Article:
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Last Updated: Monday, 9 May, 2005, 15:48 GMT 16:48 UK
Girl tortured 'for being a witch'
Sita Kisanga wearing orange headscarf
Sita Kisanga denies all the charges against her
An eight-year-old girl was tortured and about to be killed after being accused of being a witch, the Old Bailey heard.

The court was told the Angolan girl was put in a bag and was to be thrown into a river before the attack was stopped.

The child's aunt, 38, and Sita Kisanga, 35, both from London, deny conspiracy to murder and several counts of child cruelty dating from November 2003.

Sebastian Pinto, 33, and Kiwonde Kiese, 21, both of Stoke Newington, deny aiding and abetting child cruelty.

Slapped and cut

Charges against the four defendants allege that chilli peppers were rubbed into the girl's eyes, she was beaten with a belt, slapped, cut with a knife and starved.

Kiwonde Kiese arrives at court
Kiwonde Kiese denies aiding and abetting child cruelty

Prosecutor Patricia May said the victim, who cannot be named for legal reasons, was brought to Britain from Angola in 2002 by one of the defendants, who claimed she was her daughter.

The girl's father had died in the fighting in the African country's civil war and her mother was also feared dead.

Miss May said the victim and her aunt went to live with Ms Kisanga at the beginning of 2003, when her ill-treatment started after another child told them she had performed witchcraft.

This child was treated as a scapegoat by family members, tormented, subjected to all sorts of assaults
Prosecutor Patricia May

Miss May added: "That ill-treatment led to conduct which would, if it had not been stopped, led to fatal consequences."

She told the court the aunt and Ms Kisanga put the girl in a laundry bag, zipped it up and were about to throw it into the New River in Hackney, east London, until Mr Pinto stopped them.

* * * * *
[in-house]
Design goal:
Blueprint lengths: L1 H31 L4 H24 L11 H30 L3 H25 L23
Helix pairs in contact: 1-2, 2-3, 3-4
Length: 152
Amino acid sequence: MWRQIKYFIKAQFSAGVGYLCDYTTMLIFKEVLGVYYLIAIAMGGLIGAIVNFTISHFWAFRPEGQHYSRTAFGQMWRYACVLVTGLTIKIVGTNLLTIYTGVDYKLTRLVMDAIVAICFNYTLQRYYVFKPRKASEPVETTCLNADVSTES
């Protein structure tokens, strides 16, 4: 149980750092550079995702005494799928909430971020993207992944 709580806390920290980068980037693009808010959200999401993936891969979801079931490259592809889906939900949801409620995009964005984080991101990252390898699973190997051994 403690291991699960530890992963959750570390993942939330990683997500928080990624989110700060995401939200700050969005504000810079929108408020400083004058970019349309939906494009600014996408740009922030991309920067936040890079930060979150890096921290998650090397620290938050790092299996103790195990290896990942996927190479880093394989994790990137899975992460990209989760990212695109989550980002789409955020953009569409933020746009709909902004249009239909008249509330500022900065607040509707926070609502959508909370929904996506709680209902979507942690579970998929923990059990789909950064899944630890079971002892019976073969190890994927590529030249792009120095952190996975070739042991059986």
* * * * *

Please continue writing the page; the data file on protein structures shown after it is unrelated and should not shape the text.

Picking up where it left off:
Sebastian Pinto arrives at court
Sebastian Pinto denies aiding and abetting child cruelty

Miss May said Mr Pinto told them: "If they did and it was discovered, the law and the rights of children in this country being what they were, they would go to prison."

Ms Kisanga's home was searched and a number of documents were found relating to sin, the devil and witchcraft.

Diary evidence

Miss May said her diary, written in the African language of Lingala, was also examined.

She told the court: "One entry for 16 November 2003 stated, 'There was indeed a prophesy she has ndoki [the Lingala word for witchcraft]'."

Miss May said a handwriting analysis had suggested there was strong evidence that the words were written by Ms Kisanga.

Miss May added: "This child was treated as a scapegoat by family members, tormented, subjected to all sorts of assaults which must have caused her considerable pain, fear and distress.

"All the defendants to a greater or lesser degree, participated in that conduct."

The claims being made by the prosecution

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